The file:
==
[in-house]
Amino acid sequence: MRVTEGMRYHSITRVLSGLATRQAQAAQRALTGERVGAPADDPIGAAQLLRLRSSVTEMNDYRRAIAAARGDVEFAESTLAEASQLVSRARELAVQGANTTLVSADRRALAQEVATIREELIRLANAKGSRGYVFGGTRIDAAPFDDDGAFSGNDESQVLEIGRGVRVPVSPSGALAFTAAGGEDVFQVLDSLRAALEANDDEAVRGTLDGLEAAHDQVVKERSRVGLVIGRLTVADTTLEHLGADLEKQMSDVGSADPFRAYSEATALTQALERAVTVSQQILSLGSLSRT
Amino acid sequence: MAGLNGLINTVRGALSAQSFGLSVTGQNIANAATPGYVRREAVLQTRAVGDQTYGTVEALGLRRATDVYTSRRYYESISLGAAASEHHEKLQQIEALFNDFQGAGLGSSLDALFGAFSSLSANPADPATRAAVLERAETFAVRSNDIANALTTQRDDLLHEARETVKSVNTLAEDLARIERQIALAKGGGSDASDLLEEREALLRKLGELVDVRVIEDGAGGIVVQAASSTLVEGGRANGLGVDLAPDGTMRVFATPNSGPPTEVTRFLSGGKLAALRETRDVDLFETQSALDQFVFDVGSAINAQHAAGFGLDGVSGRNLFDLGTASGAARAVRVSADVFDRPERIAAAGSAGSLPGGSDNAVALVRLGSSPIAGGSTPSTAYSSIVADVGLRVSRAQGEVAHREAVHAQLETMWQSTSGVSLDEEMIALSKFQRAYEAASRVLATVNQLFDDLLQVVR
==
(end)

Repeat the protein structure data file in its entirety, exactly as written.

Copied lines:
[in-house]
Amino acid sequence: MRVTEGMRYHSITRVLSGLATRQAQAAQRALTGERVGAPADDPIGAAQLLRLRSSVTEMNDYRRAIAAARGDVEFAESTLAEASQLVSRARELAVQGANTTLVSADRRALAQEVATIREELIRLANAKGSRGYVFGGTRIDAAPFDDDGAFSGNDESQVLEIGRGVRVPVSPSGALAFTAAGGEDVFQVLDSLRAALEANDDEAVRGTLDGLEAAHDQVVKERSRVGLVIGRLTVADTTLEHLGADLEKQMSDVGSADPFRAYSEATALTQALERAVTVSQQILSLGSLSRT
Amino acid sequence: MAGLNGLINTVRGALSAQSFGLSVTGQNIANAATPGYVRREAVLQTRAVGDQTYGTVEALGLRRATDVYTSRRYYESISLGAAASEHHEKLQQIEALFNDFQGAGLGSSLDALFGAFSSLSANPADPATRAAVLERAETFAVRSNDIANALTTQRDDLLHEARETVKSVNTLAEDLARIERQIALAKGGGSDASDLLEEREALLRKLGELVDVRVIEDGAGGIVVQAASSTLVEGGRANGLGVDLAPDGTMRVFATPNSGPPTEVTRFLSGGKLAALRETRDVDLFETQSALDQFVFDVGSAINAQHAAGFGLDGVSGRNLFDLGTASGAARAVRVSADVFDRPERIAAAGSAGSLPGGSDNAVALVRLGSSPIAGGSTPSTAYSSIVADVGLRVSRAQGEVAHREAVHAQLETMWQSTSGVSLDEEMIALSKFQRAYEAASRVLATVNQLFDDLLQVVR